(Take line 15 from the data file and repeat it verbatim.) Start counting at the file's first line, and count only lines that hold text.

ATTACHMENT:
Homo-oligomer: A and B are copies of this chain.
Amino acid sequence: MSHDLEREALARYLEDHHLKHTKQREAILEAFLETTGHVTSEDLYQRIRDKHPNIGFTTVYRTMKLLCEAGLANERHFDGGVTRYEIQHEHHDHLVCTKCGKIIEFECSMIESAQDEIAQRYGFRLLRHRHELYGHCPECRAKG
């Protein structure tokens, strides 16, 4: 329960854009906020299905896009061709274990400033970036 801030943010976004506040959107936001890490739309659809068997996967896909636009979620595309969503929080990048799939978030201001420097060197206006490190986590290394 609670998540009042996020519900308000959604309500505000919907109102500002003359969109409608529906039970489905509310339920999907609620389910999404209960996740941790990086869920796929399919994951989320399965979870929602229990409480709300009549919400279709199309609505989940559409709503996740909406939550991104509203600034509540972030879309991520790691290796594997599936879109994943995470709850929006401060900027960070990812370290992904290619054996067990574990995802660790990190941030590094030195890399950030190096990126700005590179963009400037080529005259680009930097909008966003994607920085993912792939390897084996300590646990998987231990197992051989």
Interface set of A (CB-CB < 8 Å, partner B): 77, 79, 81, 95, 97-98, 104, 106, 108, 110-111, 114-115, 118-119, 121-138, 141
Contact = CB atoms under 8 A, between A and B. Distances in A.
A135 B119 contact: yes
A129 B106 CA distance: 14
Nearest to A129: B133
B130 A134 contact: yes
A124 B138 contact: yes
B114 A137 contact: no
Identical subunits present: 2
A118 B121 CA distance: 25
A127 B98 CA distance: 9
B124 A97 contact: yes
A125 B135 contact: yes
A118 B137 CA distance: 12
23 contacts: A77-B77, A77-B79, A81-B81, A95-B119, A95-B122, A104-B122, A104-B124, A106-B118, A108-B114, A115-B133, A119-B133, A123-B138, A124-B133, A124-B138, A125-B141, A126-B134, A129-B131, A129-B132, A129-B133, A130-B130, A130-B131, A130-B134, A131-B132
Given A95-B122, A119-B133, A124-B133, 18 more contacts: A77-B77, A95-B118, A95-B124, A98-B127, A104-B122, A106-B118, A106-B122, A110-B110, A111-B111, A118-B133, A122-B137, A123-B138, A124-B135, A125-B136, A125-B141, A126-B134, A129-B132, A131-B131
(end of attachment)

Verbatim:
B124 A97 contact: yes